We have approached the task of construction with great circumspection and humility, mindful that in the federal system the state courts are the primary expositors of state law. Deference to the state courts on an important issue of state law might otherwise have been proper. Invocation of the abstention doctrine, however, requires "special circumstances." Baggett v. Bullitt, 377 U.S. 360, 375, 84 S. Ct. 1316, 12 L. Ed. 2d 377 (1964). At the least it requires a state law matter which is not only unresolved but difficult of resolution and susceptible of varying results. It is not properly used when the question becomes, not what the meaning of the state law is, as applied to the case at bar, but only who should declare it. After exhaustive research and thought, it is our view that the chances of displacement of the application we have given the act by subsequent decisions of the Pennsylvania courts are minimal. Not one other state court has interpreted the statute to exempt private schools from its coverage without being overruled by a higher court or a legislature.
We can find no reason to anticipate perversity in Pennsylvania.
VIII. THE DISPOSITION OF THE MOTION TO DISMISS THE COMPLAINT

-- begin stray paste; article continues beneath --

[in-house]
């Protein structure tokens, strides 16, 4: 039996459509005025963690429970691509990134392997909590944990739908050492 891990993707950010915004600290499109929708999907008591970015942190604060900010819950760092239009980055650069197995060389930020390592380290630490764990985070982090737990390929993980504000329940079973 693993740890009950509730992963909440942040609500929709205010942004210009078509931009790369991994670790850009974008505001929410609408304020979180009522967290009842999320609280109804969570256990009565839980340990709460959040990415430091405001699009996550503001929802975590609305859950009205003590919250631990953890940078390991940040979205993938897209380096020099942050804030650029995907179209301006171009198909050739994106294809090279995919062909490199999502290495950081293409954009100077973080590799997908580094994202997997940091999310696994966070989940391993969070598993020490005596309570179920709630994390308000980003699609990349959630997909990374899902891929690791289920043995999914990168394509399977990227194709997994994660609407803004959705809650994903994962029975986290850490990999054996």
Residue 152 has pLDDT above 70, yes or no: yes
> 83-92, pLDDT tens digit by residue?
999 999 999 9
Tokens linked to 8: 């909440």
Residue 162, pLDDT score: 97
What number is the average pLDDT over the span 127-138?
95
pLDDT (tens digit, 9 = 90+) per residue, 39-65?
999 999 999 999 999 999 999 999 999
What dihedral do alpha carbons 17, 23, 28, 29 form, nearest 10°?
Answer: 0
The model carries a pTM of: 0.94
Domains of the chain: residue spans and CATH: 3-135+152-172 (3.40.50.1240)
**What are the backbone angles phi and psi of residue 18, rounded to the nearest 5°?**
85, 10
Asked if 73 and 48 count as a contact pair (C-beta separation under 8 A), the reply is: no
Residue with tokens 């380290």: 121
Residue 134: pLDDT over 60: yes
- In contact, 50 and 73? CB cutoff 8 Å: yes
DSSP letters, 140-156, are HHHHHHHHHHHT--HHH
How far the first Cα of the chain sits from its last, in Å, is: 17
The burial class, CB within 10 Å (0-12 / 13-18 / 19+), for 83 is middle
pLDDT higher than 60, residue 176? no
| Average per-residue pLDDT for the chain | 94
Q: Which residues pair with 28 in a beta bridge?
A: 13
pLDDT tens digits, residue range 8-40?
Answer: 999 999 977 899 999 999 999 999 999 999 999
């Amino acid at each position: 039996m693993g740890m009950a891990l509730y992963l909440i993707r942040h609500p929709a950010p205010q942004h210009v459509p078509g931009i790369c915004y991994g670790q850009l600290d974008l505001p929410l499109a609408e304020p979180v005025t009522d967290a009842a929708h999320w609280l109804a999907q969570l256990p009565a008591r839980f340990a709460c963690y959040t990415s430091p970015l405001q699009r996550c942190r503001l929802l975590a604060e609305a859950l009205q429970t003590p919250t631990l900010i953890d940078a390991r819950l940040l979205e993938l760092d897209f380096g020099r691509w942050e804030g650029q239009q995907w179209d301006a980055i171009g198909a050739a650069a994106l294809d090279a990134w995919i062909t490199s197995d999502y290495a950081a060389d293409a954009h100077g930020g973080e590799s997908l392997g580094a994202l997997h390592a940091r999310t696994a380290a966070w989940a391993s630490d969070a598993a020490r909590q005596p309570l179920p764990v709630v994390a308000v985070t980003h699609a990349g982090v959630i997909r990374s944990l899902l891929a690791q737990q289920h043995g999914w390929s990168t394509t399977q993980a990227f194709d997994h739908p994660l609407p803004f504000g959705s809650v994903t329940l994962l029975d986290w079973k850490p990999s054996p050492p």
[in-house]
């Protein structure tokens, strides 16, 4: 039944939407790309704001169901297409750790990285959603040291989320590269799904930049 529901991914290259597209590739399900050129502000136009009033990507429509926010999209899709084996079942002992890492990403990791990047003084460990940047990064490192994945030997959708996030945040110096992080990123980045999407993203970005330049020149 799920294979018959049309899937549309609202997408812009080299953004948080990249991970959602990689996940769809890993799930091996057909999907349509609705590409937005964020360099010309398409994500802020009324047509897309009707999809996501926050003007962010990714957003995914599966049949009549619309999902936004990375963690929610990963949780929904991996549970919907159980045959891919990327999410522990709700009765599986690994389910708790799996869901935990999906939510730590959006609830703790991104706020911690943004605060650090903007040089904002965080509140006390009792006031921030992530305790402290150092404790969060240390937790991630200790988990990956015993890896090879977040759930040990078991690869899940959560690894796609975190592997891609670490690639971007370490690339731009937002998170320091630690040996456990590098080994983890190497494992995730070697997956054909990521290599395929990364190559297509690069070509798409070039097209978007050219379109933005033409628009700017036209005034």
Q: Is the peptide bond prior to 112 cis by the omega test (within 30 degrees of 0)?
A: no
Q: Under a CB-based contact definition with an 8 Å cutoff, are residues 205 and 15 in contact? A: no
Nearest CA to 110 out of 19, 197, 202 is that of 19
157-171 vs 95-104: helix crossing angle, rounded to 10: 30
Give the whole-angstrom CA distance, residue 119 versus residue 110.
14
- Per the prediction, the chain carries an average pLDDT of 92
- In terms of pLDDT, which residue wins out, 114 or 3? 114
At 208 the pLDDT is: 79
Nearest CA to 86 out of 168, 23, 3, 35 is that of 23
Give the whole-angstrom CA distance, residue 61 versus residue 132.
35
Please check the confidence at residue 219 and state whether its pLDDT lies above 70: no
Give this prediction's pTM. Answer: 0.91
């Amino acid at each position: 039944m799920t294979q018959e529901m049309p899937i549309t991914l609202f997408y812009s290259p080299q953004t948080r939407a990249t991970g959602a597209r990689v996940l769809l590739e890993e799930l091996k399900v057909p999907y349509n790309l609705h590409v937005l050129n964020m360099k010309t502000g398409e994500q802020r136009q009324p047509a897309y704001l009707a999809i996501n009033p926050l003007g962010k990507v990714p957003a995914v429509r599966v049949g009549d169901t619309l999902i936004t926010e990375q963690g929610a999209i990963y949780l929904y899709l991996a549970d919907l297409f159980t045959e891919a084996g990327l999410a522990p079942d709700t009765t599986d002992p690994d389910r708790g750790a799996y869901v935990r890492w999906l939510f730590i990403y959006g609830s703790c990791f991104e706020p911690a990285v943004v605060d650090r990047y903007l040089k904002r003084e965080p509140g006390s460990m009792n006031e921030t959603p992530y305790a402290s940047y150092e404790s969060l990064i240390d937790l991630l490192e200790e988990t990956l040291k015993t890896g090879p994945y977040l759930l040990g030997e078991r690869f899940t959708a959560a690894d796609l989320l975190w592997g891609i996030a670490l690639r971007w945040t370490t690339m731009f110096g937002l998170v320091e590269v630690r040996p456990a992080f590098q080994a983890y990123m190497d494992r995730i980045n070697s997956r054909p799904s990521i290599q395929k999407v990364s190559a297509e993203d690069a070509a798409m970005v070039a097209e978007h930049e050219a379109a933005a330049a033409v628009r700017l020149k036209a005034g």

Since count three states a claim on which relief can be granted, this litigation must proceed. But in its present posture, there is no need to go on to consider whether counts one and two also state valid claims. The primary function of a motion to dismiss is to screen claims for insufficiency. If the individual plaintiffs can prove their claims under count three, then there will never be occasion in this lawsuit to decide the difficult questions underlying the other counts. If it does become necessary to reach them, they can be treated at or after trial. In the interest, therefore, of avoiding the unnecessary decision of sensitive constitutional and testamentary issues, decision on the merits of counts one and two will be deferred, and the motion to dismiss them at this time will be denied. Ample authority exists for the exercise of this discretion. Gibbs v. Buck, 307 U.S. 66, 76, 59 S. Ct. 725, 83 L. Ed. 1111 (1939); Fong v. United States, 300 F.2d 400 (C.A.9, 1962), cert. denied, 370 U.S. 938, 82 S. Ct. 1584, 8 L. Ed. 2d 807 (1962); 2 MOORE, FEDERAL PRACTICE P12.16 (1965). See also F.R.Civ.P. 12(a); Rothberg v. National Banner Corp., C.A. No. 38541, E.D.Pa., Apr. 11, 1966, p. 5; Miller v. Bargain City, U.S.A., Inc., 229 F. Supp. 33, 36 (E.D.Pa., 1964).